Antoni Maiovvi came into being as the fake Italo creation of sound artist Anton Maiof (probably not his real name either). Claiming to be an original 70s Italian disco producer emerging from obscurity in response to the early 2000s resurgence of Italo Disco, Maiovvi released a string of extremely well received (fake) soundtrack records before he was invited perform live and people began to realise he was actually a young noise punk from Bristol. Since then the Maiovvi myth has spread like a flesh eating virus on dancefloors across Europe and the USA. He's released killer records for labels such as Seed, Fright, Cyber Dance and Deathwaltz and recently started his own vinyl imprint Giallo Disco Records. Maiovvi's particular concoction of horror synth, prog-disco flavours and industrial intensity has seen him share the stage with such luminaries as Goblin, Umberto, Gestaffelstein, Arabian Prince and even Mogwai. The transition from fiction to reality came full circle this year at the Cryptshow Festival in Barcelona, where Maiovvi won Best Soundtrack for Yellow, a real film that he did actually write the music for. We caught up for a chat about alter egos, techno secrets and biting members of the audience.
THUMP: You started out making noise rock, how did you move into electronic music?
Antoni Maiovvi: I basically became obsessed with disco. I was still making noise (and I still do every so often) but I got really obsessed with disco and tried to rip it off for my own amusement. It was fun, and it was weird, and people were like "do you wanna put a record out" and I was like "YES!" What was I supposed to do? Go "no, I only wanna appeal to weird guys, I want that to be my audience, weird men…"? (laughs)
There's a really creepy element to a lot of your video content. For example the clip to Darkroom…how much is that guy in the clip the Antoni Maiovvi character that you created?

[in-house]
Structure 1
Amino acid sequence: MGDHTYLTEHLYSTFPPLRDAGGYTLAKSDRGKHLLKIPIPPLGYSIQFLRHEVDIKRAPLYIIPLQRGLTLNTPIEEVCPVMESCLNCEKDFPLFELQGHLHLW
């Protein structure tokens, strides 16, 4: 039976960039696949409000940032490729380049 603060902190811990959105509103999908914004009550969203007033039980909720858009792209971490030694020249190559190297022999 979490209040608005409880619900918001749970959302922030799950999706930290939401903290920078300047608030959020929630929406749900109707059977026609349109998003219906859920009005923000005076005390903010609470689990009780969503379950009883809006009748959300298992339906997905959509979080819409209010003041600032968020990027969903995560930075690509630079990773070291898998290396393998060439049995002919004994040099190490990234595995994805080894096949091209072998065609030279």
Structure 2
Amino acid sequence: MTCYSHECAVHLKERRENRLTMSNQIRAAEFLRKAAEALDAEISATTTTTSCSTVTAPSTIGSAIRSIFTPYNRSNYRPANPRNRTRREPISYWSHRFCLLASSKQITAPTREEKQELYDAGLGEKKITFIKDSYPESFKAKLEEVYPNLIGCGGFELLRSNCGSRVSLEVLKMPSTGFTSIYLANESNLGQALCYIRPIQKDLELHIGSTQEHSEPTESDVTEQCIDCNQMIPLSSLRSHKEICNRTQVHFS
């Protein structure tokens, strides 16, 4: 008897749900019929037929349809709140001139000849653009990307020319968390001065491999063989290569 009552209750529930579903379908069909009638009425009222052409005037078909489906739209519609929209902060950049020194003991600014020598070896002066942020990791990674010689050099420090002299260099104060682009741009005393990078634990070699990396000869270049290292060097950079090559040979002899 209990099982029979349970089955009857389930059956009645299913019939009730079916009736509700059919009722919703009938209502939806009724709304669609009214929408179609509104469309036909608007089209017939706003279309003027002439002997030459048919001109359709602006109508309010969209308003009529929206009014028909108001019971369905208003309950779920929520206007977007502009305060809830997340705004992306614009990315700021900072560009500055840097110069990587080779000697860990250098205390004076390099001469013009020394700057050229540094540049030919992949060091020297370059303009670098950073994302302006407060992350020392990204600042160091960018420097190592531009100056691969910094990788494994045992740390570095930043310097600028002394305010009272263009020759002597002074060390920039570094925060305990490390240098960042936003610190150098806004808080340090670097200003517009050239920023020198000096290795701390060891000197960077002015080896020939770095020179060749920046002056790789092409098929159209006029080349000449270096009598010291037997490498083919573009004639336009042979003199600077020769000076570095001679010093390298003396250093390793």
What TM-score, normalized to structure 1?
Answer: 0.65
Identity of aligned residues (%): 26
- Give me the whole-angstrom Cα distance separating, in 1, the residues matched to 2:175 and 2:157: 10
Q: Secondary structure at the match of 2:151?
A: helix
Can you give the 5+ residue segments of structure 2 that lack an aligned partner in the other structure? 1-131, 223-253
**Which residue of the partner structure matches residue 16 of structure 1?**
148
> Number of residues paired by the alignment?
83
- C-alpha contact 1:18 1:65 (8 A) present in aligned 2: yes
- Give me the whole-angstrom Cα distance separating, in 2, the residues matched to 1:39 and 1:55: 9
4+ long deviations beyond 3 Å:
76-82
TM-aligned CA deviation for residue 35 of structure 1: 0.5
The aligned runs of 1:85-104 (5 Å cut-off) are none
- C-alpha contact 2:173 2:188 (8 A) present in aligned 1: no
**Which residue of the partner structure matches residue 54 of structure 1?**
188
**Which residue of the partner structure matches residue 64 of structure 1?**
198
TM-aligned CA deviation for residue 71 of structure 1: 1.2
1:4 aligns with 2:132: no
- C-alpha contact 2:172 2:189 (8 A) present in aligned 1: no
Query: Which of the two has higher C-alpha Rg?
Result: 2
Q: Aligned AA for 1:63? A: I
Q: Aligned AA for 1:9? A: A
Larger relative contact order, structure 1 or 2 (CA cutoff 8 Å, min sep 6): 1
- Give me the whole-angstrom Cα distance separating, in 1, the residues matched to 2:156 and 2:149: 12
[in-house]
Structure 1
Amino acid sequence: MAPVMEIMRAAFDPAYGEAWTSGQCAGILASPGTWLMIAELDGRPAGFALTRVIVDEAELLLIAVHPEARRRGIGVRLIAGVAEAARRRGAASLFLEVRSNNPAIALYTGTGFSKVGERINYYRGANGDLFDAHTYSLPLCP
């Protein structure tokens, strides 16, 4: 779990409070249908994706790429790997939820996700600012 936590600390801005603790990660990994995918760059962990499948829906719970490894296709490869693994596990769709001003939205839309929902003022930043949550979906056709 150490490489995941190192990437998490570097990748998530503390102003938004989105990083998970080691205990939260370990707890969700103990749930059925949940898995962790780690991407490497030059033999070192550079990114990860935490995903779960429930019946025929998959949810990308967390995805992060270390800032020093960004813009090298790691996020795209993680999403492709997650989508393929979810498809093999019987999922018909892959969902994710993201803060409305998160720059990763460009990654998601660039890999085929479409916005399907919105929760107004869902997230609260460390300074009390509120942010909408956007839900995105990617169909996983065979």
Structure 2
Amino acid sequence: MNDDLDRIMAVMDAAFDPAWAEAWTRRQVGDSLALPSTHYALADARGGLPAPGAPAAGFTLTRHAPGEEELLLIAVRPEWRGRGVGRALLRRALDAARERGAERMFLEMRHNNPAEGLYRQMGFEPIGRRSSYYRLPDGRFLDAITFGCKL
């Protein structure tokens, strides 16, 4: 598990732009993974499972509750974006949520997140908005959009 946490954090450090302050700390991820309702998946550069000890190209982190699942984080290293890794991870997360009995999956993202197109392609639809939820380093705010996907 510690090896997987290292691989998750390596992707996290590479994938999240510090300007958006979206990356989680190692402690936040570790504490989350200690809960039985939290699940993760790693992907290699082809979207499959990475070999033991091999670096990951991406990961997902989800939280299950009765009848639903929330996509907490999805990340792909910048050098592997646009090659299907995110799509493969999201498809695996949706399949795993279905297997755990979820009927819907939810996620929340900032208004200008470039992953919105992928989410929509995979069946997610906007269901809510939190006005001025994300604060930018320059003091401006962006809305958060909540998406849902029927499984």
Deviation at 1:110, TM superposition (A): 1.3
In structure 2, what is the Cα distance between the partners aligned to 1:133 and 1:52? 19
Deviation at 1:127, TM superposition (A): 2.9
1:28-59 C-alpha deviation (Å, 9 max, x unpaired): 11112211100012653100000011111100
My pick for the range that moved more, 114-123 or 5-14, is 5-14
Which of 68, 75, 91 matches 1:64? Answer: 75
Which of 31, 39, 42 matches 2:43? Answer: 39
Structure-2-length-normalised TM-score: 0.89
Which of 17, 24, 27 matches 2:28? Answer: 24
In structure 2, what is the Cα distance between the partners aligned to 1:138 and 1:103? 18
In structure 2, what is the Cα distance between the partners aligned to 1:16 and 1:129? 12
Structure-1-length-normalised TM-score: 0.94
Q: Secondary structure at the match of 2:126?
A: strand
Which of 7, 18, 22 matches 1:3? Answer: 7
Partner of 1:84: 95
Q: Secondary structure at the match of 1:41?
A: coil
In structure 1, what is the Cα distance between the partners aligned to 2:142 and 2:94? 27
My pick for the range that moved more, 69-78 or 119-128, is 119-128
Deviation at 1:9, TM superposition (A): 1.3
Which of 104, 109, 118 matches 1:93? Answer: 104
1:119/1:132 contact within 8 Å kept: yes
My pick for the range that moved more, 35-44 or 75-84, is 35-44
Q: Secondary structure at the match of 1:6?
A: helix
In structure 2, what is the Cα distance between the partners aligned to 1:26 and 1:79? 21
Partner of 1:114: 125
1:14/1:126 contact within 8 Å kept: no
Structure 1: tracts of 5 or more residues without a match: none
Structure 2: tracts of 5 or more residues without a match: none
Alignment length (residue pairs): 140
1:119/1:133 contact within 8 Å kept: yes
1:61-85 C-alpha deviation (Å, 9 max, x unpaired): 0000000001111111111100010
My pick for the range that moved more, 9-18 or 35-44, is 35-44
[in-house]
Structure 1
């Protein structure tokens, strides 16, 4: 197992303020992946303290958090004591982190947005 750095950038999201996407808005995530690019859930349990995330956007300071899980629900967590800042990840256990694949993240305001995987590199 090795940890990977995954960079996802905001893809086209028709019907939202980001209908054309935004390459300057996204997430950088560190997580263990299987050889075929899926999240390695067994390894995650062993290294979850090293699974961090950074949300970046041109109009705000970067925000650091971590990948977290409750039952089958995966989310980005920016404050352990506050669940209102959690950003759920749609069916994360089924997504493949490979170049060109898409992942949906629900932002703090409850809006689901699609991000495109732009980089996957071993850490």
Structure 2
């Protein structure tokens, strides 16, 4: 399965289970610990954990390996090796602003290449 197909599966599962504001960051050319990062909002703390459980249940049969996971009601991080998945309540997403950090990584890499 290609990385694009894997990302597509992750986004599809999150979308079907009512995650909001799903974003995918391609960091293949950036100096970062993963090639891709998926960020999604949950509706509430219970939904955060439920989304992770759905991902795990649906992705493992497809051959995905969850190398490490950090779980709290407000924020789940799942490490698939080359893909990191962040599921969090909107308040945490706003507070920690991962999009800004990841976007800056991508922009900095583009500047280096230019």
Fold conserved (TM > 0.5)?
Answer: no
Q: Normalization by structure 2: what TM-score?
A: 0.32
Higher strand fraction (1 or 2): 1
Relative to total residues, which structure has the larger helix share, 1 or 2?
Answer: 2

I don't know! That guy in the clip is a lunatic. I'm not like that; I'm more a stay-at-home-and-watch-Will-Ferrell-movies kinda guy. The reason I thought it would be good to appear in the videos was, if you were to look at me, you're not going to say "oh, he's a fine specimen of a man." You know, I'm not going to be to doing any David Beckham style Calvin Klein modeling. I'm not even like a Gaz Coombes from Supergrass kind of Calvin Klein model. You're basically going to look at me and say, "That guy likes sandwiches and beer!" So, as a pop singer, looking like this, it's quite unconventional and trashy. People might say, "that's upsetting, he looks weird, his eyes look like Joe Spinell". It's like how Die Antwoord take Yo-Landi, who is a very beautiful woman, and make her look fucked up. I don't need make-up to do that, I already look fucked up.
Are you still singing live and going nuts onstage?
Well, that was actually scaring people. Sometimes when you come on at a nightclub at 3am, people don't necessarily want to be freaked out. Now, I'm doing like a half-half set—the first half instrumental, and then I start kinda easing people into it. The show element is still there, but it's much more gentle than before when I was just running into the audience and biting people. You want people to have a good time! You can't just grab someone and hold them over your head and run into the woods. You have to take their hand and lead them into the woods… (laughs)
You've released on a huge range of labels, and have now started your own. How much do you feel label membership influences your exposure and audience?
Labels are essentially curating houses now. There was a story I was told when I lived in Berlin about how the techno scene works. The story goes: you start a label, you start releasing people from the scene, and then people look at you as someone who supports the scene, and you basically get more bookings and more money. Now I won't say this was a cynical decision on our behalf, but I think given that people are selling less records now, this is the function of a label these days - to say "this is what I do, this is the music I like, and these are my peers." It definitely helps the artists get exposure, and it helps you to get exposure too…
Who is your favourite new artist of the last 12 months?
There's a guy from the north of Spain called Boris Divider who I'm totally in awe of. He's an electro guy who makes this revisionist Kosmische stuff – it's all arpeggiators and pads, no drums, and he releases everything on beautifully pressed and packaged vinyl. I'm not sure if anyone knows him outside of Spain, but he's absolutely amazing.
What's coming up for you next?
I'm going to play Beyond Fest in USA on October 26th, with Goblin, Umberto and Alan Howarth. They are also showing Yellow. Then I have a 12" called Tape Hoarder coming out on Magic Feet, and also the Monoceroticism EP coming out on Flight Recorder.
Miles Brown plays the theremin, writes music and yells about things in Melbourne. Follow him @M1le5Br0wn